It speaks volumes for just how far Labour went in their pursuit of centralised control that one of the central planks of the Coalition agreement between the Conservatives and the Liberal Democrats was a commitment to rolling back the authoritarian excesses of the previous government. And indeed, during my first few months as a new MP, one of the most heartening aspects of life in Parliament has been seeing the Government chipping away successfully, for example by scrapping ID cards.
The Coalition has also, to its credit, attempted to make progress in the area of government transparency. The amount of data released on the expenditure of government departments since the general election has been unprecedented and more than a little bewildering; thankfully, there is a sufficient battery of geeks ready and willing to pore over the spreadsheets in search of a salacious story or three. I am not in favour of scapegoating public servants – I have too much experience of private sector workers feathering their nests – but I am wholeheartedly behind greater scrutiny of expenditure.
It hasn’t all been plain sailing though. It is natural and obvious that the Liberal Democrats will want to push further and faster on civil liberties than the Conservatives – after all, the clue’s in the names – and that tension is constantly expressed in different aspects of government policy. This constant tug-of-war between two ideologies suddenly and hastily stitched together means that sometimes there are pleasant surprises, and sometimes there are disappointments. But if you cannot take the rough with the smooth, then Westminster is not the right place for you.
Overall, though, it has been ten months of slow but steady progress in unravelling Labour’s database state. Yet in common with my Liberal Democrat colleagues, I am acutely conscious that our approach to digital policy cannot simply be to undo the mistakes that have previously been made, important though that is.
Labour were committed to an entirely negative approach: they obsessed about stopping piracy and failed to support industry. This was an enormous missed opportunity. What is clear from a Liberal Democrat perspective is the important and urgent need to develop a coherent and positive policy framework that stimulates innovation, strips away red tape, and moves the public debate decisively away from the same old wrangles over copyright and piracy.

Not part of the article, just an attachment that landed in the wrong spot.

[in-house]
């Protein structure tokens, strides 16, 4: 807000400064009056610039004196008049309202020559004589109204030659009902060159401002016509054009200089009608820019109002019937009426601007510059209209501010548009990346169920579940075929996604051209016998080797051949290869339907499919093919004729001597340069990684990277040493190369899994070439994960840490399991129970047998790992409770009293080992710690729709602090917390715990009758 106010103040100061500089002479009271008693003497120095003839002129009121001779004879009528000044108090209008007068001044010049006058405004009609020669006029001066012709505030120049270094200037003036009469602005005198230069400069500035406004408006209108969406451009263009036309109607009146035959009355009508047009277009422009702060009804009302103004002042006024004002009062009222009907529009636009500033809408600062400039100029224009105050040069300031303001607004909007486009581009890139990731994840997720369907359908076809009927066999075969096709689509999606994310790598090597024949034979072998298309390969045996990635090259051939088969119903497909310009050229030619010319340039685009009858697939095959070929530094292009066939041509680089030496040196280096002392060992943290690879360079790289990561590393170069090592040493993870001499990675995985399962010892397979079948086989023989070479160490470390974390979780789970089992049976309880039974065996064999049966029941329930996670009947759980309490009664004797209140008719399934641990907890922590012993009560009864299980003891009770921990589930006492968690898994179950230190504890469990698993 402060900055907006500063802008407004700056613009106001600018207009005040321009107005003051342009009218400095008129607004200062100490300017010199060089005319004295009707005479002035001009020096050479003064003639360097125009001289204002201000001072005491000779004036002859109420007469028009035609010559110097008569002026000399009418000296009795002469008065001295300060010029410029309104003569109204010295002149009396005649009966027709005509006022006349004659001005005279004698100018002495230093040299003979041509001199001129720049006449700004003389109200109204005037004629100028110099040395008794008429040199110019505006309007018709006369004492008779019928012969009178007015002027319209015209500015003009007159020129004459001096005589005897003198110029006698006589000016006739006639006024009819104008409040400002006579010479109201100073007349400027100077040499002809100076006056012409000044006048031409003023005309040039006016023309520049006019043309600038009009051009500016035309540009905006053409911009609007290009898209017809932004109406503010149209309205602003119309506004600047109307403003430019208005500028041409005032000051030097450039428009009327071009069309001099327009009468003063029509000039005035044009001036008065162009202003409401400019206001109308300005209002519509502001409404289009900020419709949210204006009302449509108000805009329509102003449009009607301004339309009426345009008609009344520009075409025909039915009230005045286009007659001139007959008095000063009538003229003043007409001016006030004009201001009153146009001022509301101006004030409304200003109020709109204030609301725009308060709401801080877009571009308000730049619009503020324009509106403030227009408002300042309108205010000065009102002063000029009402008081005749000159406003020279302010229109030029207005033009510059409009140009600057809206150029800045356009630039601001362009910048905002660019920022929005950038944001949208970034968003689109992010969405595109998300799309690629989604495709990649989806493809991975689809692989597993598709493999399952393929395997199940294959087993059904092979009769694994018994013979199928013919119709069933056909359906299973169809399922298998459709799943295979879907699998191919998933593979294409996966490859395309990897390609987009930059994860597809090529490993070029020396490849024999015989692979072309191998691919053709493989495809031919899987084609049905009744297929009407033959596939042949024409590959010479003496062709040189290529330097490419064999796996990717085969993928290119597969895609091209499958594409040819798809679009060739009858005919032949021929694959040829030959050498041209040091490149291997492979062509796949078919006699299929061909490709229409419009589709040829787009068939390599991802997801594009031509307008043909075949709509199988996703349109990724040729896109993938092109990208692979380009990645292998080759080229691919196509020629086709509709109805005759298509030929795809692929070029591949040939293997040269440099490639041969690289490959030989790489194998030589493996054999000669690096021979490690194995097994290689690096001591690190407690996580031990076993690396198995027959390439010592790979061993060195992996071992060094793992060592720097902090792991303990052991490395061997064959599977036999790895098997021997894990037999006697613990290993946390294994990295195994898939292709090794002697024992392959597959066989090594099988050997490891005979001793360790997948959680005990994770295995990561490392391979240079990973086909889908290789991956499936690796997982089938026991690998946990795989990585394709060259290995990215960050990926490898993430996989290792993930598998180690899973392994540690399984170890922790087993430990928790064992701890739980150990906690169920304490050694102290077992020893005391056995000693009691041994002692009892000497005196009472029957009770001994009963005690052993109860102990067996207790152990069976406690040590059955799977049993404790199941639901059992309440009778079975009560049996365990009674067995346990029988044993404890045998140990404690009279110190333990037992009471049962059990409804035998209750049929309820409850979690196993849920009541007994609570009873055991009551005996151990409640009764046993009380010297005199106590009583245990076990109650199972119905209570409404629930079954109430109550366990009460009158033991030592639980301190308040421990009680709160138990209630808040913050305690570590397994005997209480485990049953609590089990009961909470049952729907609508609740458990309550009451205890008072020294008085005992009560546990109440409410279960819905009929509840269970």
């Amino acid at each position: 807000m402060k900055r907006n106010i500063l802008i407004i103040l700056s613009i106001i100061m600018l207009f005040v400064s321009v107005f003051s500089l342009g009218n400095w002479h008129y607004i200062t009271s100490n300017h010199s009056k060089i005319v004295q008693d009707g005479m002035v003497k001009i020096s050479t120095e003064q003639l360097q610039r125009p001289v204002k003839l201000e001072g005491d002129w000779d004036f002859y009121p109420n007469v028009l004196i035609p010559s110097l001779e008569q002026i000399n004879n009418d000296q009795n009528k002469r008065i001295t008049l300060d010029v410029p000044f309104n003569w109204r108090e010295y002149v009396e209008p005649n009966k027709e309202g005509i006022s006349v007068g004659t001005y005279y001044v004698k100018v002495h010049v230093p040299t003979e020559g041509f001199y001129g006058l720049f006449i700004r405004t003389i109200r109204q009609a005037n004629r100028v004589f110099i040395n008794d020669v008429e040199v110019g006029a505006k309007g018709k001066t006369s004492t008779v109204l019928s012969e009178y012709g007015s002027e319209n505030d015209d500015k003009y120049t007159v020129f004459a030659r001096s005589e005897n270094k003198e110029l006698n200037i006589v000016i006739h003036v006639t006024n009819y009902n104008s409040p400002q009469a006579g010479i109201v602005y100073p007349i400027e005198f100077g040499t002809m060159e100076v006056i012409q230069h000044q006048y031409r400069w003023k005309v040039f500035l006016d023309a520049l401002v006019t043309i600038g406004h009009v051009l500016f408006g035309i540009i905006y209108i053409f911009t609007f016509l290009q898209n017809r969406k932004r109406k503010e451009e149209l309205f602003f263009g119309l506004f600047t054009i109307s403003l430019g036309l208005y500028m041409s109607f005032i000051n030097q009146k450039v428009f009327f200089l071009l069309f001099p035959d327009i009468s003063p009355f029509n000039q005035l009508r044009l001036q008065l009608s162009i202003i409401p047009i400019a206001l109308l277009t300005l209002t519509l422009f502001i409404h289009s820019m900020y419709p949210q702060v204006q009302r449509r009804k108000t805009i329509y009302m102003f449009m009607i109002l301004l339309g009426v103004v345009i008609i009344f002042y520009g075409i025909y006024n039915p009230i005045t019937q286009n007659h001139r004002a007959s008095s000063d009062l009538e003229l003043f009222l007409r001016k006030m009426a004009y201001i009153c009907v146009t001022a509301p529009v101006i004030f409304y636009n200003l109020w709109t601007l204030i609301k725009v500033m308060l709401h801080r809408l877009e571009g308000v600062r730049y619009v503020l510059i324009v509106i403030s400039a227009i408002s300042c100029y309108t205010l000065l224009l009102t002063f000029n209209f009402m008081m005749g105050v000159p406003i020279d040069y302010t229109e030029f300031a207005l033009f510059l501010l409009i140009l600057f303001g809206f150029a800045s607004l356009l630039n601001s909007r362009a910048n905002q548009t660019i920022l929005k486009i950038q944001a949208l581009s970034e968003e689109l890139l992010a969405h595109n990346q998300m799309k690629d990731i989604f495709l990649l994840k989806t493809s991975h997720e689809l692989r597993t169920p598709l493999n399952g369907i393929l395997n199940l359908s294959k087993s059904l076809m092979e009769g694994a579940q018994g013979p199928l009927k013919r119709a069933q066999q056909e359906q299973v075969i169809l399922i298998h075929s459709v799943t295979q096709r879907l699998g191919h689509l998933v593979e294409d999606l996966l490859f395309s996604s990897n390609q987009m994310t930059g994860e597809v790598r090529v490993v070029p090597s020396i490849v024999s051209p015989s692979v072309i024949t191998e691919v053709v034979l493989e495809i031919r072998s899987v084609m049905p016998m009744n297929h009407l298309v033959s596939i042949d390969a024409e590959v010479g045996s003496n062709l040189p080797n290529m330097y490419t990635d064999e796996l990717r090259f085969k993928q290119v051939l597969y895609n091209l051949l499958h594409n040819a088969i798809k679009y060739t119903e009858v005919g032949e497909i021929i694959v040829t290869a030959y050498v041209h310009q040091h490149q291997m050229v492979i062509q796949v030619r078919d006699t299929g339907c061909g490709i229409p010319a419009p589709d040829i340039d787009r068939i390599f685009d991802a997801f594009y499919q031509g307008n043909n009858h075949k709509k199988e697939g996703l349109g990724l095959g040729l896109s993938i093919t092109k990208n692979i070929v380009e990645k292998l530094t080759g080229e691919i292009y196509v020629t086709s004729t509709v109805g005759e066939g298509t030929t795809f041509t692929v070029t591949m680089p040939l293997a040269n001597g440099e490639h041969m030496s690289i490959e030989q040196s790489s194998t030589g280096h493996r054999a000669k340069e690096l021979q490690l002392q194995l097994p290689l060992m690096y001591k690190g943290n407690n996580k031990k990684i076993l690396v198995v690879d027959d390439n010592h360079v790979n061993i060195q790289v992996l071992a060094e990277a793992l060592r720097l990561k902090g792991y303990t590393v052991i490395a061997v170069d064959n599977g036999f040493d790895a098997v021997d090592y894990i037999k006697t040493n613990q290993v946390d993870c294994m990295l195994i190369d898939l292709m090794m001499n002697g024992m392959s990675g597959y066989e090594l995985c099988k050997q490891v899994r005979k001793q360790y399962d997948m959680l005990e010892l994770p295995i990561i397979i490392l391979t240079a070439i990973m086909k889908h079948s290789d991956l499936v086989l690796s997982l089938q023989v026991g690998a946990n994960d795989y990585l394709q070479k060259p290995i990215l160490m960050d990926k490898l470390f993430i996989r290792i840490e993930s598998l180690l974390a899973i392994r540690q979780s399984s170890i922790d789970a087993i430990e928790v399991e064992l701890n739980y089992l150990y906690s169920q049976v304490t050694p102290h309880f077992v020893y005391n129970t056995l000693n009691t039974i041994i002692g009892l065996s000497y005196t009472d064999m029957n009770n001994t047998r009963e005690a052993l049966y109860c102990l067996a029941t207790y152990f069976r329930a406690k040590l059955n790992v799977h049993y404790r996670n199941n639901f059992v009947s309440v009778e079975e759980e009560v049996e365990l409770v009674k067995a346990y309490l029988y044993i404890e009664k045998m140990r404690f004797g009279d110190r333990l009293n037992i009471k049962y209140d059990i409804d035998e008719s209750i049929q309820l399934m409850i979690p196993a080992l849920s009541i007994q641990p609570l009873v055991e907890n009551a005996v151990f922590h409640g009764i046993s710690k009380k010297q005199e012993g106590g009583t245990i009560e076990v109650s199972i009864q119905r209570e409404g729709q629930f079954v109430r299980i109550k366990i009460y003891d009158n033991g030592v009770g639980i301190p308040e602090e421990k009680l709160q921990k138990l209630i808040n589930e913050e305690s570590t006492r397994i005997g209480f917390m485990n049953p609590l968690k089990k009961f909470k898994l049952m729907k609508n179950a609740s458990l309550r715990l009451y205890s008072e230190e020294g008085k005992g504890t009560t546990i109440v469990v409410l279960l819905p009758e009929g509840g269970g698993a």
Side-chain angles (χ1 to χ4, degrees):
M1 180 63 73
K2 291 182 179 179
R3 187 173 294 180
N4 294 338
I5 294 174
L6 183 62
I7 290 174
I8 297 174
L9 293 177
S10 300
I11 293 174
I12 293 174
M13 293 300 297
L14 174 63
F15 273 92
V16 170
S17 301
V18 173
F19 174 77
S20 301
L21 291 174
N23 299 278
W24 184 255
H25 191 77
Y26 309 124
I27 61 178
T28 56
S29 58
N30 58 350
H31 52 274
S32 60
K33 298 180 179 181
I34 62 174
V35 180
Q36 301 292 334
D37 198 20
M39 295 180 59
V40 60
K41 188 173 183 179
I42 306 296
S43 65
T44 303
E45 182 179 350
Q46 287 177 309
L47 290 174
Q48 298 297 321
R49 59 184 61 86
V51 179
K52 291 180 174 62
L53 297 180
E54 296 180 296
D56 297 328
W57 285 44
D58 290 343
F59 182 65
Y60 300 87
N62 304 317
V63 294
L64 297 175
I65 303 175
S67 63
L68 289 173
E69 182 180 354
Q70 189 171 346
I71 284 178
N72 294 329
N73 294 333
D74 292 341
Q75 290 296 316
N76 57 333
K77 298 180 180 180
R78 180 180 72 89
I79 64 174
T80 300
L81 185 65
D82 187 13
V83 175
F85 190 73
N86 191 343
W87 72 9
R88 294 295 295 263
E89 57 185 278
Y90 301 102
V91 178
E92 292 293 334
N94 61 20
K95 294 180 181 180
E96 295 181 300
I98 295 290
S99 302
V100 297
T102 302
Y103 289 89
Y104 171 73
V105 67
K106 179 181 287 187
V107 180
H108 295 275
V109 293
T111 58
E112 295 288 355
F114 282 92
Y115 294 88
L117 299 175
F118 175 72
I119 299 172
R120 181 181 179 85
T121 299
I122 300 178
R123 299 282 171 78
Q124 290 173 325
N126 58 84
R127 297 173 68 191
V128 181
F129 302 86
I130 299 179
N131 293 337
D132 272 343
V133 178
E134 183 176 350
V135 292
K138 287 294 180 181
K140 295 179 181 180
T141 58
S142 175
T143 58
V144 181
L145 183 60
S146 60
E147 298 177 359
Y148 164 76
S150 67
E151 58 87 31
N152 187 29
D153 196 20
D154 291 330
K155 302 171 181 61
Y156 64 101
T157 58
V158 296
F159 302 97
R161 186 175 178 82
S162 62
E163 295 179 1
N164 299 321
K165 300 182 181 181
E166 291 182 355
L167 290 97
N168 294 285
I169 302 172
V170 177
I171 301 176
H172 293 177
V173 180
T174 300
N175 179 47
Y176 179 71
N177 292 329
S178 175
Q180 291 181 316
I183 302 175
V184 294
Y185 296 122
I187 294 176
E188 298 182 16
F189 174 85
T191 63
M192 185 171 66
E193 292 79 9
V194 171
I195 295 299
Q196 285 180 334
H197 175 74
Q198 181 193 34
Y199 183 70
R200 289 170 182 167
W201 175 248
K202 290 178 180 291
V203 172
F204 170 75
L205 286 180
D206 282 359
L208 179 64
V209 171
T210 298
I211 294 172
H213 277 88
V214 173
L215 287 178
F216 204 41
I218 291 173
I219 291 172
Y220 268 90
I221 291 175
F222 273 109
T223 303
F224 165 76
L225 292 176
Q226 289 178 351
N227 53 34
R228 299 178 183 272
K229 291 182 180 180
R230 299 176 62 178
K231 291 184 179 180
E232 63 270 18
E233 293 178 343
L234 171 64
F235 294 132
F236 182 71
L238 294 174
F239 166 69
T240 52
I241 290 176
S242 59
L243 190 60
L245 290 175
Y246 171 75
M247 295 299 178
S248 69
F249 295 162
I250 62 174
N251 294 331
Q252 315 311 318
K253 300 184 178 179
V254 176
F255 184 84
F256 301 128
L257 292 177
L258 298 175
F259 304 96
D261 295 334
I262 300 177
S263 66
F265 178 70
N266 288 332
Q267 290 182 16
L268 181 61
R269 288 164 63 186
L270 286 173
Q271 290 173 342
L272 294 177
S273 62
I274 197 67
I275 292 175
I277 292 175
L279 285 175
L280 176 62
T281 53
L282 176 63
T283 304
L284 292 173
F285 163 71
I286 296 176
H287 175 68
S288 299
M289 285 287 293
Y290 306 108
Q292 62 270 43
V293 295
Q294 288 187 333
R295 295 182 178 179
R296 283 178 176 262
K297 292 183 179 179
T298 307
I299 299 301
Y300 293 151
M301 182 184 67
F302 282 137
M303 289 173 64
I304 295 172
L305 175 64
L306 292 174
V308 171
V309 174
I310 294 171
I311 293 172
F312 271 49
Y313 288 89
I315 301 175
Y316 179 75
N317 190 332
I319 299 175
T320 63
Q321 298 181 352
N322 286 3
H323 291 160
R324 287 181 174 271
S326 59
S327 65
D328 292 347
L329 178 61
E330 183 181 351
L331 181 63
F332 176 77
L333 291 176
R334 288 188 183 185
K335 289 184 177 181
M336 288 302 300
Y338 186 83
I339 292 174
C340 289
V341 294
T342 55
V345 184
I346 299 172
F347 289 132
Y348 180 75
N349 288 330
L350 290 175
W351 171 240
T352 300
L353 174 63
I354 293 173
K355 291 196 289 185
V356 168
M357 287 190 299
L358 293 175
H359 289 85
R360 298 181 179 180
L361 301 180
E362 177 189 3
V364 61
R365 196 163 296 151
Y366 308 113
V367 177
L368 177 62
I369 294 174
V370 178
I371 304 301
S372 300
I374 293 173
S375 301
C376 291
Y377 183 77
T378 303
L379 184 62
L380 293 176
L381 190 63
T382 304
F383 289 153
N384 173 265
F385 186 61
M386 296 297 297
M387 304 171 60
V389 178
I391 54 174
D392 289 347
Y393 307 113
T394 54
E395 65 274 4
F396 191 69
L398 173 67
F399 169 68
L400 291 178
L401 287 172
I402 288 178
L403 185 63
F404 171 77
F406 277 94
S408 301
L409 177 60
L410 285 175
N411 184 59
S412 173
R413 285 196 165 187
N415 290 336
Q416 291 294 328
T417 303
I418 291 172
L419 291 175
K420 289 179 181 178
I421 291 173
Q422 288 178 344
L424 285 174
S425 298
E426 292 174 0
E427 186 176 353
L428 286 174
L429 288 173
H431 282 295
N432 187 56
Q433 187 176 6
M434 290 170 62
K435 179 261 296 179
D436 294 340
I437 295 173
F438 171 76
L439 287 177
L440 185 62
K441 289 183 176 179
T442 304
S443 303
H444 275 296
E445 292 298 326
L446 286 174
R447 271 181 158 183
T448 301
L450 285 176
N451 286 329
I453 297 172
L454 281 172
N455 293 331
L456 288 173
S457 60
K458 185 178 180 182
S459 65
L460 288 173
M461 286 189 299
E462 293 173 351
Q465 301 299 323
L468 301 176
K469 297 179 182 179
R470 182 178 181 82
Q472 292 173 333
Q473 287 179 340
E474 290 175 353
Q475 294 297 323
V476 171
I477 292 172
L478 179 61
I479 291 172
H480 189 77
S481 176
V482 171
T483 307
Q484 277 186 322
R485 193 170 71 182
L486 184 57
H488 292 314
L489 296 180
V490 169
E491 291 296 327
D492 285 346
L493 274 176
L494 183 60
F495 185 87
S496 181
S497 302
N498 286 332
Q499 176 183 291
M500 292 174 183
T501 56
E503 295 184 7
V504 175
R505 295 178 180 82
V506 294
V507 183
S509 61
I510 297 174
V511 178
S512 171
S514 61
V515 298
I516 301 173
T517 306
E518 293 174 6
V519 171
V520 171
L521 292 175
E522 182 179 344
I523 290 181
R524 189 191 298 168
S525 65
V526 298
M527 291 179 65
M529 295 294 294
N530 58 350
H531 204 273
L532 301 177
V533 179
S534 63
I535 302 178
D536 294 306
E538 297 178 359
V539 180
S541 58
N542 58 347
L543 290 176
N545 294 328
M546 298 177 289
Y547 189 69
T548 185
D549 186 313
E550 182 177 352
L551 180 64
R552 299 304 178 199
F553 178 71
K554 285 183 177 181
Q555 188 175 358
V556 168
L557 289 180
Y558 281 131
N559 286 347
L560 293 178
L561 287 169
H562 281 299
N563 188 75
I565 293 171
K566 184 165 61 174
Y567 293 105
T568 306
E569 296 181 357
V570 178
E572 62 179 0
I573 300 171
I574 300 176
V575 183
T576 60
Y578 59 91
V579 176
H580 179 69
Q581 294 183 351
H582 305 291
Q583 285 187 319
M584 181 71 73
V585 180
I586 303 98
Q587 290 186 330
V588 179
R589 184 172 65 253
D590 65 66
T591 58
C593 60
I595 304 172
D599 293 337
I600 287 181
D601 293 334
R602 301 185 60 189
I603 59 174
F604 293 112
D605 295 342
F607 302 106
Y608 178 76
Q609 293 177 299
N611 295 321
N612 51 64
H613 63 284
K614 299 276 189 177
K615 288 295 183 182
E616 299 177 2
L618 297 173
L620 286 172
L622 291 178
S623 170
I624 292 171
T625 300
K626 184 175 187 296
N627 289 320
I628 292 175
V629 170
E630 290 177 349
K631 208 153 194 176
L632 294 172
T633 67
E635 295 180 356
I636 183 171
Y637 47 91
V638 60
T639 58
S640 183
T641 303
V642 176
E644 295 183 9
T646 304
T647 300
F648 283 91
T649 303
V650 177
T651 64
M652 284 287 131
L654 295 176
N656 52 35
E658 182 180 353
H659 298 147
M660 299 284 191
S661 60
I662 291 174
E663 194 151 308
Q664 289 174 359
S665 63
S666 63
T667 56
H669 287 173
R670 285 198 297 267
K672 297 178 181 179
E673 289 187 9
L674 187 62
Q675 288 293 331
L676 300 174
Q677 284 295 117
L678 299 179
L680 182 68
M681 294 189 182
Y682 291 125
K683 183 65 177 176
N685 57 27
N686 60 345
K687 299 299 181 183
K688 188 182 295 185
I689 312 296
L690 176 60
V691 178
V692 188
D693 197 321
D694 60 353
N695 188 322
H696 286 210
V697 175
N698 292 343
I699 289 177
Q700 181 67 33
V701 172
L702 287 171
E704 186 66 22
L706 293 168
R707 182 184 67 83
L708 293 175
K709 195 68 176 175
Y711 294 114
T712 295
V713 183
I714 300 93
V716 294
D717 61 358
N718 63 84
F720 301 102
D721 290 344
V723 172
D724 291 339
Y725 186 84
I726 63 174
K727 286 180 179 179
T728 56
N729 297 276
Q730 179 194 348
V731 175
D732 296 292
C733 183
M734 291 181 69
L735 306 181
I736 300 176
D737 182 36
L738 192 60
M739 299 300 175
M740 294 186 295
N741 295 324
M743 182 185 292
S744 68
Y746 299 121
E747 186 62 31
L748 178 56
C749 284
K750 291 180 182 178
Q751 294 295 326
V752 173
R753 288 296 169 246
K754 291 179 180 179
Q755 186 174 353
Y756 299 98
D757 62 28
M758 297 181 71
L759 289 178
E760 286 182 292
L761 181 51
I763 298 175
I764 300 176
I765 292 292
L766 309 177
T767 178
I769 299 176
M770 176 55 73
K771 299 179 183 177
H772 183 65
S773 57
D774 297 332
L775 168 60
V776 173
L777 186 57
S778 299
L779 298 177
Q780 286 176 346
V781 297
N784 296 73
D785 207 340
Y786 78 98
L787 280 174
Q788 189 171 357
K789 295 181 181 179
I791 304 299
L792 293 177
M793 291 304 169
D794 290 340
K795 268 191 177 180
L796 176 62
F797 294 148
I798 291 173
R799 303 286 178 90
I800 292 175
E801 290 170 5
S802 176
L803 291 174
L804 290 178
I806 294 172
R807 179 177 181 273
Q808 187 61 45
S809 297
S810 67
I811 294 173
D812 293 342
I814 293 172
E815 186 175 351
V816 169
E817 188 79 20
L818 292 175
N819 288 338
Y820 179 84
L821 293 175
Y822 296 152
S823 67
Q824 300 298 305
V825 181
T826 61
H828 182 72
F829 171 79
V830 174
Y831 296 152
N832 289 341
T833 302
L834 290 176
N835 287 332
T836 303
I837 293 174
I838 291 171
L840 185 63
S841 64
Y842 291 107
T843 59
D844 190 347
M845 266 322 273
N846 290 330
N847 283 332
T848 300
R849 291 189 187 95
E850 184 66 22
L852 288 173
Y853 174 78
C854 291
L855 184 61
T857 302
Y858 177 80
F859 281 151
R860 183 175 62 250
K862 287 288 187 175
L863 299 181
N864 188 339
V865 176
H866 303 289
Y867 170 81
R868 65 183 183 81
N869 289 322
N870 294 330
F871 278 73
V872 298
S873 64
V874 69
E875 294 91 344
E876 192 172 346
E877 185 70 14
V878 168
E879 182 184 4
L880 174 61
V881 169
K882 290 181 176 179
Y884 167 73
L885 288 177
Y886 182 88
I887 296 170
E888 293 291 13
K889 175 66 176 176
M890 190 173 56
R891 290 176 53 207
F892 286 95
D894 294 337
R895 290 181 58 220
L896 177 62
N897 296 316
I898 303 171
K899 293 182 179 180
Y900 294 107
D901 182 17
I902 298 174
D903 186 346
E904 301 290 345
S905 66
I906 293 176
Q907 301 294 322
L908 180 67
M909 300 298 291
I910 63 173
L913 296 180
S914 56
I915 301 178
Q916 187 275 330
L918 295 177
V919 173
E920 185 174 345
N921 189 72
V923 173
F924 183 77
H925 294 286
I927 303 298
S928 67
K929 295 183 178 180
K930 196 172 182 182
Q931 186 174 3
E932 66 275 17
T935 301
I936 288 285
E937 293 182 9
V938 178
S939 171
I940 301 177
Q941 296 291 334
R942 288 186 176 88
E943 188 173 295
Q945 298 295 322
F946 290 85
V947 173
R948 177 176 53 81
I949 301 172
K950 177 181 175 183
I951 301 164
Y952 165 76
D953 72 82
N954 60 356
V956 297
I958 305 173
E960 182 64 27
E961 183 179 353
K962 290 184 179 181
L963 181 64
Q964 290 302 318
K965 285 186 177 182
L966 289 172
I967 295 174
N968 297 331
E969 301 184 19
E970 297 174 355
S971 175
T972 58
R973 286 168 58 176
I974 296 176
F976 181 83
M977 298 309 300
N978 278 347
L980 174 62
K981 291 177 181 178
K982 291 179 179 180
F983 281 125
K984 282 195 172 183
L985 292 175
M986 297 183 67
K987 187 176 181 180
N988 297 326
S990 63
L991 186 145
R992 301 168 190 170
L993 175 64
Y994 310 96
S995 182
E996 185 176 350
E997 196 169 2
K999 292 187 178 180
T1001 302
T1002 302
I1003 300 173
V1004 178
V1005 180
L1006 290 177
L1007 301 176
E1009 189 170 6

There are any number of questions that remain unanswered at a political level. The vexed issue of net neutrality, for instance, is one that has continued to prove difficult for government Ministers to address; Ed Vaizey, the Minister for Culture, Communications and the Creative Industries, even gave a speech which was interpreted by one side as signalling open season on traffic management, and by the other as a reiteration of the importance of neutrality. He then issued a textbook Whitehall clarification: that is, one that muddied the waters yet further.
The debate over net neutrality goes to the heart of digital policy. Is it genuinely liberal to allow competition on the basis of existing service providers offering different packages based on traffic management which favours one company over another? Or is it, instead, better to provide what is often called a level playing field – where traffic flows at the same speed, whatever the content and whoever owns and operates the website?
Ultimately, we need to take a liberal view of the internet and digital policy, rather than a conservative, authoritarian and punitive one. The emergency motion on the Digital Economy Act recognised this need and called for a Liberal Democrat policy working group to be set up to look into precisely these issues. As the Chair of that working group, I am confident that we will come forward with considered, serious and liberal proposals for the future of the digital economy.
And, finally, as a Coalition backbencher, I also look forward to bringing those proposals to bear on the future policy of this government over the next four years. As the deficit is gradually tackled, and the economy is brought back towards an even keel, it will be an exciting opportunity to shape the future of society. A genuinely liberal environment for digital businesses, entrepreneurs and creatives will help us to grasp that opportunity.
Julian Huppert is Liberal Democrat MP for Cambridge and chairing the party’s Information Technology and Intellectual Policy Working Group.